“In truth, Auschwitz signifies not only the failure of two thousand years of Christian civilization, but also the defeat of the intellect that wants to find Meaning - with a capital M - in history. What Auschwitz embodied has none. The executioner killed for nothing, the victim died for nothing. No God ordered the one to prepare the stake, nor the other to mount it. During the Middle Ages, the Jews, when they chose death, were convinced that by their sacrifice they were glorifying and sanctifying God’s name. At Auschwitz the sacrifices were without point, without faith, without divine inspiration. If the suffering of one human being has any meaning, that of six million has none. Numbers have their importance; they prove, according to Piotr Rawicz, that God has gone mad.”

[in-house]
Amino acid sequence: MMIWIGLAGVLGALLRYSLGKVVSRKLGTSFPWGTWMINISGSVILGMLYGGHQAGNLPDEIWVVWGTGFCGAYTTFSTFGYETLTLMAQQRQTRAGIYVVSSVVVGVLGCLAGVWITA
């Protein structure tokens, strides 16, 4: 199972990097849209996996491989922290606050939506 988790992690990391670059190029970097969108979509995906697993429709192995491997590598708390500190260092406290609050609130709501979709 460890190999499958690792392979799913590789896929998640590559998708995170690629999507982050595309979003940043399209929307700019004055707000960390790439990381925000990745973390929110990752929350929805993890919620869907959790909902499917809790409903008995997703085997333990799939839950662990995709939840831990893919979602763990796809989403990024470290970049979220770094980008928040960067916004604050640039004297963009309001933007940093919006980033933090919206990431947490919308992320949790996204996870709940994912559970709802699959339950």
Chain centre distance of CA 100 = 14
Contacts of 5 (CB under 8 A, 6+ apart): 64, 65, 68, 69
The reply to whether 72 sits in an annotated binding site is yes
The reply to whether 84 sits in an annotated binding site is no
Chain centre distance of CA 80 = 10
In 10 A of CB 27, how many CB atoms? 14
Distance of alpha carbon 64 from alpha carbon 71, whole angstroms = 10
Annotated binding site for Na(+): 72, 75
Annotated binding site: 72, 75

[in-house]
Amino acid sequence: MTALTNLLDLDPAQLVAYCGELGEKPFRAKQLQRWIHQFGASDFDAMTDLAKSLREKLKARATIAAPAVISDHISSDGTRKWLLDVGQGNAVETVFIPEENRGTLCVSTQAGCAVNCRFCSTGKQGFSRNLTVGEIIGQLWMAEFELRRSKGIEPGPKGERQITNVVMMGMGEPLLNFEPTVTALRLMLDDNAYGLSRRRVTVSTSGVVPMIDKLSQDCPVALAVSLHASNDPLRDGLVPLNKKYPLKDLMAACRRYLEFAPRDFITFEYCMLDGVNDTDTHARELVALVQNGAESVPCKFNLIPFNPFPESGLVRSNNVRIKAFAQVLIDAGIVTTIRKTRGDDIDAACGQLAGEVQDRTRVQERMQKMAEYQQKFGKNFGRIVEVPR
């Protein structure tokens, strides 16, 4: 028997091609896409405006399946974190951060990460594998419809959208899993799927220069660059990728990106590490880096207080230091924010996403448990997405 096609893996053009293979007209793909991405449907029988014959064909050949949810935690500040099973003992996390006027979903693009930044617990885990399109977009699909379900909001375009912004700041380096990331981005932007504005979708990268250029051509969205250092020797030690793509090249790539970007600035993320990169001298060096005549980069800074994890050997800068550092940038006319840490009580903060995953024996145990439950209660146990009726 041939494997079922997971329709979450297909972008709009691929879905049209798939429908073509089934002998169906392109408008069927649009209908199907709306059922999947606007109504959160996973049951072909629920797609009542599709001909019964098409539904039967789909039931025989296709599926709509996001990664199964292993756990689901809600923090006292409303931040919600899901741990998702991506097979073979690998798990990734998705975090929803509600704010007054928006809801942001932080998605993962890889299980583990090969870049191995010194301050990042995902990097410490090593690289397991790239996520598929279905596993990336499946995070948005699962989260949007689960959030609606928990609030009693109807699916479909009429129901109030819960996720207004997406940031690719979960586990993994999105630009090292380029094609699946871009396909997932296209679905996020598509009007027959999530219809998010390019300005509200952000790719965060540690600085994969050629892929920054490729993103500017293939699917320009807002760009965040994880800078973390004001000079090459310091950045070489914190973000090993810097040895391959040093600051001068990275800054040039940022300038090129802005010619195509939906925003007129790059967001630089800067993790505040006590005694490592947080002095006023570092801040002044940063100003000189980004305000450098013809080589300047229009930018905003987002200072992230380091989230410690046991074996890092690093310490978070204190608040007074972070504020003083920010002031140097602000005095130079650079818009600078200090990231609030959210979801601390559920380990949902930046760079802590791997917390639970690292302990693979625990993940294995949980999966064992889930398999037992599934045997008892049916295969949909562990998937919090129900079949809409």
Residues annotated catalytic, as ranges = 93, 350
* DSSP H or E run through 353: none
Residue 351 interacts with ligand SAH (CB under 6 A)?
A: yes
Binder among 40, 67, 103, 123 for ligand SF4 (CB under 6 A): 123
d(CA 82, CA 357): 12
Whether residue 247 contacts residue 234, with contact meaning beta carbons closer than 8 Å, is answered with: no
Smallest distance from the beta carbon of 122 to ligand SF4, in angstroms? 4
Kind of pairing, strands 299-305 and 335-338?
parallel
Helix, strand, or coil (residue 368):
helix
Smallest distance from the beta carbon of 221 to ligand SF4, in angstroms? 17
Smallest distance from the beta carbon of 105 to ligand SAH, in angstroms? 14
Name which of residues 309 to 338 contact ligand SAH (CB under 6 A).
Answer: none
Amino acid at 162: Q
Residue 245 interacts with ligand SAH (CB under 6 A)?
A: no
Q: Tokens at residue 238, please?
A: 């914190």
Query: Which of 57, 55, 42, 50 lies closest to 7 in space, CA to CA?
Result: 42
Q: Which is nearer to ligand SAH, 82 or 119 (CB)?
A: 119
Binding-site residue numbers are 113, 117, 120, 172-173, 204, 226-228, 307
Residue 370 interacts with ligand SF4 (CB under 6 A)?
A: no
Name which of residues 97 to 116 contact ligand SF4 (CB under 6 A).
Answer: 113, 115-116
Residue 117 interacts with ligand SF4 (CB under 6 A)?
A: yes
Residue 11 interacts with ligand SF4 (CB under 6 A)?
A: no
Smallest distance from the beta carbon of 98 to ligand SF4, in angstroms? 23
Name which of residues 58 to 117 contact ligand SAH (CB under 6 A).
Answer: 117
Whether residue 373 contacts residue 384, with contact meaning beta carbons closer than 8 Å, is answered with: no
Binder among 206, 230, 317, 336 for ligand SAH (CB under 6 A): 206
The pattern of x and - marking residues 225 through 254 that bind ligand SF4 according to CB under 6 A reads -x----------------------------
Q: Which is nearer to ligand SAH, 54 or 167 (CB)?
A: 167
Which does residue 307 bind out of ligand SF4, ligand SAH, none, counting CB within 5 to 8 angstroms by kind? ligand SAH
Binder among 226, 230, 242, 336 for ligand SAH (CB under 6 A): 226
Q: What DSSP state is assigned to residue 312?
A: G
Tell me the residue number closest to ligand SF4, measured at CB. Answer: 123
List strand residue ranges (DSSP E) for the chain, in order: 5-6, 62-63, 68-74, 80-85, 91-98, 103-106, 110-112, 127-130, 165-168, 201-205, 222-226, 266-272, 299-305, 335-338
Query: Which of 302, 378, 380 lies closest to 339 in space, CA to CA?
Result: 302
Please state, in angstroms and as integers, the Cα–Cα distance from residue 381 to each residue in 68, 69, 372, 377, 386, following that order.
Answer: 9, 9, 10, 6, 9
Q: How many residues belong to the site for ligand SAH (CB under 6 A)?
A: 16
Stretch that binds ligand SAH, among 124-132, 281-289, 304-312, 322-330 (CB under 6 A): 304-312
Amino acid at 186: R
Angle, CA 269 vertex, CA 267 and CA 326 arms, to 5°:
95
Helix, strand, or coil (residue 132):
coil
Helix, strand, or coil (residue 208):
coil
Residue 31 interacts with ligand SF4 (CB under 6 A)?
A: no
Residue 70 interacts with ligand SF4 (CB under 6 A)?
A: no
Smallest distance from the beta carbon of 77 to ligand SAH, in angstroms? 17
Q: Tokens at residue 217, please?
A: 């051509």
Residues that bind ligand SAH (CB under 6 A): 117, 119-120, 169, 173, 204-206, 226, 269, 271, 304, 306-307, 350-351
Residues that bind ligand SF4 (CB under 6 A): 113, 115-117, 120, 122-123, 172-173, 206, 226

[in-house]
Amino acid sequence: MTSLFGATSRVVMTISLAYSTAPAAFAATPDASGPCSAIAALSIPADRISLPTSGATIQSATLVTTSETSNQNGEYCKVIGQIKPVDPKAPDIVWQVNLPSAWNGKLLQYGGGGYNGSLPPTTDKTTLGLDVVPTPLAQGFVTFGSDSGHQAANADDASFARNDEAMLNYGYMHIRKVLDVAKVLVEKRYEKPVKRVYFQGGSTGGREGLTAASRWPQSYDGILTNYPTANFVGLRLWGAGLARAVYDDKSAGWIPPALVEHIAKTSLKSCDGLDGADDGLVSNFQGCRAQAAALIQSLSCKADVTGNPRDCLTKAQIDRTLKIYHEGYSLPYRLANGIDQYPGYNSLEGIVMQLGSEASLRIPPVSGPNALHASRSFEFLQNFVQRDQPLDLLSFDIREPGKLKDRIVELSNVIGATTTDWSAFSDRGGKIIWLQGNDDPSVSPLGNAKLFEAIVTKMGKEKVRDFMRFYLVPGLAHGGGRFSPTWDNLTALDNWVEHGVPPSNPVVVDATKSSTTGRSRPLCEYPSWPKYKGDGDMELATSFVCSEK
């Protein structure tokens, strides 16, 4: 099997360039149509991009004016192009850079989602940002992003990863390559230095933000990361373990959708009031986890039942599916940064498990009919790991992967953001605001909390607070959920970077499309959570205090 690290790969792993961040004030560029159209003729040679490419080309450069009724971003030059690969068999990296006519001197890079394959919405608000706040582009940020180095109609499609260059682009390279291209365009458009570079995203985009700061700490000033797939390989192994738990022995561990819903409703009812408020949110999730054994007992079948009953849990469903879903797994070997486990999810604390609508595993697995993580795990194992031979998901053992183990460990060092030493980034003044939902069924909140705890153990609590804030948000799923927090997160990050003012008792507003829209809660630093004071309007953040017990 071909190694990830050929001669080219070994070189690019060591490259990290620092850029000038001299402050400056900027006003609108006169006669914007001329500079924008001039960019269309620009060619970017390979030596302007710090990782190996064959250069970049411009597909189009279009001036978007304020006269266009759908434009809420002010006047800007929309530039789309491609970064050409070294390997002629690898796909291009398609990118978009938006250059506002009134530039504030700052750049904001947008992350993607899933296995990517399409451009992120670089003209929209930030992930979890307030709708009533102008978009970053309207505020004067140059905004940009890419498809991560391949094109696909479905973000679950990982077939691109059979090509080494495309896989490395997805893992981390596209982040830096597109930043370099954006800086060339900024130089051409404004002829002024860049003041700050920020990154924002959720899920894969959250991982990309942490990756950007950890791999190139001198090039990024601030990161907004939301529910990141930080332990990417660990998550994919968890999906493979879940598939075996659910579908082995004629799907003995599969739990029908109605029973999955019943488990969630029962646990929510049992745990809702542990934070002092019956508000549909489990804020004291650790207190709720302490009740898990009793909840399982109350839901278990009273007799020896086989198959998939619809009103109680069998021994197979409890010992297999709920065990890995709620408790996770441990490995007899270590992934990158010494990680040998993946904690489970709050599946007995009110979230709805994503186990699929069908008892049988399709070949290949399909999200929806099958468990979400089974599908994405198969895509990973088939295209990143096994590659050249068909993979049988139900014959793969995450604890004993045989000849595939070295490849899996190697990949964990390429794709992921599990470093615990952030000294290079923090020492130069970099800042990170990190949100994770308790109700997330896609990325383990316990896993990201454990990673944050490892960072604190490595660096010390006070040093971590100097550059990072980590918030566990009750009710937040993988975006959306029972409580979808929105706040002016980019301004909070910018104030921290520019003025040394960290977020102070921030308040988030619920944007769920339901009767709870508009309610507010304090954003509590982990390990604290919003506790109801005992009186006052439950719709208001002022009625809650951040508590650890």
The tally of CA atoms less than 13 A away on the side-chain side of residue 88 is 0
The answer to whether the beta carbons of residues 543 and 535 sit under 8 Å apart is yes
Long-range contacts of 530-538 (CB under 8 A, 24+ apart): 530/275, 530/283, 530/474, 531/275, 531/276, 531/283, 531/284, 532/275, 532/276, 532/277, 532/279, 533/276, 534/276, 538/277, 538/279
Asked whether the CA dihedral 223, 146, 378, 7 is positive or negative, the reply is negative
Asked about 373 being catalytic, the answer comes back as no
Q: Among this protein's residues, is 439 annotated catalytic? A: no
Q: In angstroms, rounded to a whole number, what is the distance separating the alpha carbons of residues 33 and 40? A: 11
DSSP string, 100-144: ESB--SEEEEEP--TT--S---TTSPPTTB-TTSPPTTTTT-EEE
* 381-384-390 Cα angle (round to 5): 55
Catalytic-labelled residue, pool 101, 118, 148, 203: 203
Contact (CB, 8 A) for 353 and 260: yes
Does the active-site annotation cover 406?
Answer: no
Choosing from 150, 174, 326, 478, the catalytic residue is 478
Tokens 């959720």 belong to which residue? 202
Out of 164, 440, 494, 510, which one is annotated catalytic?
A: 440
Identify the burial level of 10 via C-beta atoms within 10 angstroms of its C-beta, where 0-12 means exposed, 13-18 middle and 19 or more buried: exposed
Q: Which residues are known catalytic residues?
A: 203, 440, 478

Elie Wiesel, “A Plea for the Dead”, in Legends of Our Time (New York: Schocken Books, 1982).
And yet among the six million were some who sang and shared their soup and sacrificed themselves for others.
The Talmud says: “Whoever destroys a soul, it is considered as if he destroyed an entire world. And whoever saves a life, it is considered as if he saved an entire world.”